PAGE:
The National Geographic Society has played a key role in highlighting the importance of bats and their conservation needs. Since BCI's founding, the Society's president, Gilbert M. Grosvenor, has lent his considerable prestige as an honorary trustee. Many Society staff also have helped, especially Mary G. Smith, senior assistant editor for research grant projects. We are extremely pleased to present the National Geographic Society with BCI's first Distinguished Achievement Award. No other group has done more to help BCI reverse negative stereotypes about bats.
Articles in the 1982, 1986, and 1991 issues of the National Geographic magazine were a major factor in stimulating international awareness of the plight of bats, also adding to BCI's credibility as a young organization. Through the magazine, which reaches 40 million readers worldwide each month, BCI's membership and conservation activities now extend into 55 countries.
Today, bats are also featured in more than a dozen Society books, and in film strips and other materials for school children, many of which have been translated into foreign languages from French to Chinese. "Merlin's Bats," a "National Geographic Explorer" segment, which first aired in 1985, still reaches millions in reruns. A National Geographic "President's Page" featuring BCI generated an enormous response, and additional coverage included a major news conference and dozens of syndicated newspaper articles and radio spots.
Merlin Tuttle first learned the sophisticated techniques required for successful wildlife photography from Geographic staff photographer Bates Littlehales. Without the generous support of National Geographic magazine and the Society's Committee for Research and Exploration, a major portion of Tuttle's collection of 80,000 bat photographs would not have been possible.
Through sponsorship of research, the National Geographic Society has contributed greatly to our understanding of bats. Several major projects conducted by Merlin Tuttle and BCI were funded by the Society, including his work on African flying foxes and BCI's recent bat-cactus study. The latter was the first of its kind to document the key role of endangered long-nosed bats in maintaining the Sonoran Desert ecosystem.
The full impact of these contributions is incalculable. How would BCI's efforts have fared without its unique photo collection or without the thousands of members who first learned about BCI and the needs of bats through the National Geographic Society? How many people would have taken a young organization devoted to bat conservation seriously without backing of the well-known and respected National Geographic Society?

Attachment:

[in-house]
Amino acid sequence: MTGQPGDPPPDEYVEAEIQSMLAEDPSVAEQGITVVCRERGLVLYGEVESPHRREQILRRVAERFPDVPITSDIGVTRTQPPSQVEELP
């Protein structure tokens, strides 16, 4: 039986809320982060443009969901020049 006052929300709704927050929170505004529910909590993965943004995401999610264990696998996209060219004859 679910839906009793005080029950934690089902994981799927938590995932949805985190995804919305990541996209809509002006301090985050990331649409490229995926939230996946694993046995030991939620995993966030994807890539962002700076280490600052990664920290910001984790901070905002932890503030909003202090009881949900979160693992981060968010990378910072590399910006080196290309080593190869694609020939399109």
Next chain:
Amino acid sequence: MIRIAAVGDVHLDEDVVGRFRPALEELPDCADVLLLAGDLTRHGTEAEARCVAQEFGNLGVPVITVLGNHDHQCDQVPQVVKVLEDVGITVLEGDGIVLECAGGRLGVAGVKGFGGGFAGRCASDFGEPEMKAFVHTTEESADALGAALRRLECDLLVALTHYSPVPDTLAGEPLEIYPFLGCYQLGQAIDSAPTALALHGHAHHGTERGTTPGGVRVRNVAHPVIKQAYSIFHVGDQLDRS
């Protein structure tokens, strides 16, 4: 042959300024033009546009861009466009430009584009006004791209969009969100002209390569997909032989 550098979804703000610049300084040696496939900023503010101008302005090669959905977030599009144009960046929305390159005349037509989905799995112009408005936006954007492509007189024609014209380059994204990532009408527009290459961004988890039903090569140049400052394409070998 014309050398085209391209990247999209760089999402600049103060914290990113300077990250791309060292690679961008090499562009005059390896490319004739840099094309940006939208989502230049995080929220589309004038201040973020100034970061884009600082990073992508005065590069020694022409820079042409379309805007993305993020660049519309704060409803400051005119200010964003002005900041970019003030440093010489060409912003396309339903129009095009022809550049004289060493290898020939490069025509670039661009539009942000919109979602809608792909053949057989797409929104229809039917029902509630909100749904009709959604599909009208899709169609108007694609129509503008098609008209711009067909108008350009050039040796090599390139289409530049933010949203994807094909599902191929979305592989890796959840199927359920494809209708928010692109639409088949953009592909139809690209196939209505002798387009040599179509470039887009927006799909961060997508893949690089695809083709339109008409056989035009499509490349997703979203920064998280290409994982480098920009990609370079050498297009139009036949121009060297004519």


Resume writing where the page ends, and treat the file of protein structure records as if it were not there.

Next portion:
Merlin Tuttle has had many opportunities to find answers to these questions. Early in BCI's history, when he contacted the owner of Judges Cave, home to one of eastern North Amer-
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-ica's most important bat colonies, he was thought to be a prankster. The owner, a real estate developer, assumed Tuttle was "batty" for even suggesting help in saving the cave and its bats. He decided to bulldoze it shut, completely disbelieving that the bats were beneficial.
In one last attempt to communicate to the owner how important this issue was, Tuttle asked him if he was a member of the National Geographic Society. Tuttle was delighted to learn that the owner not only was a member, but that he had just purchased the Society's book, Wild Animals of North America, which contained a chapter about bats. He promised not to do anything until he read what the Society had to say. To his surprise, the chapter was not only positive; it was written by Merlin Tuttle. Now convinced that Tuttle knew what he was talking about, he agreed to a meeting. Soon after, he proudly helped BCI, the Nature Conservancy, and the State of Florida to give permanent protection to the site as a nature reserve.
A similar incident occurred soon after BCI had gained Nature Conservancy cooperation to purchase and protect Hubbards Cave, home to one of the world's largest bat hibernating populations. At the same time, the Tennessee National Guard wanted the area as a weapons practice range. Just as an unavoidable conflict seemed to be shaping up, "Merlin's Bats" debuted on "National Geographic Explorer," emphasizing why America's cave-dwelling bats are important and why they need help.
When the Tennessee National Guard area commander happened to watch the program, he was so impressed that he offered full Guard cooperation to help save the bats of Hubbards Cave. Guardsmen transported all construction materials for the massive protective gate, including some 120 tons of steel, through extremely difficult terrain.
Such cooperation is increasingly possible as people everywhere begin to understand bats. Many BCI members and others have worked hard to ensure such progress, but we especially thank the National Geographic Society for their crucial assistance. We wish them continued success in increasing knowledge of life on earth.
National Geographic Society President Gilbert Grosvenor (center) receives BCI's first Distinguished Achievement Award from Merlin Tuttle (second from right). Looking on are William Graves, editor (left); Mary Smith, senior assistant editor, and Verne Read (far right), BCI chairman. Grosvenor was presented with an engraved bronze bat-cactus sculpture, honoring a project the Society funded. The award will reside in the Explorer's Hall.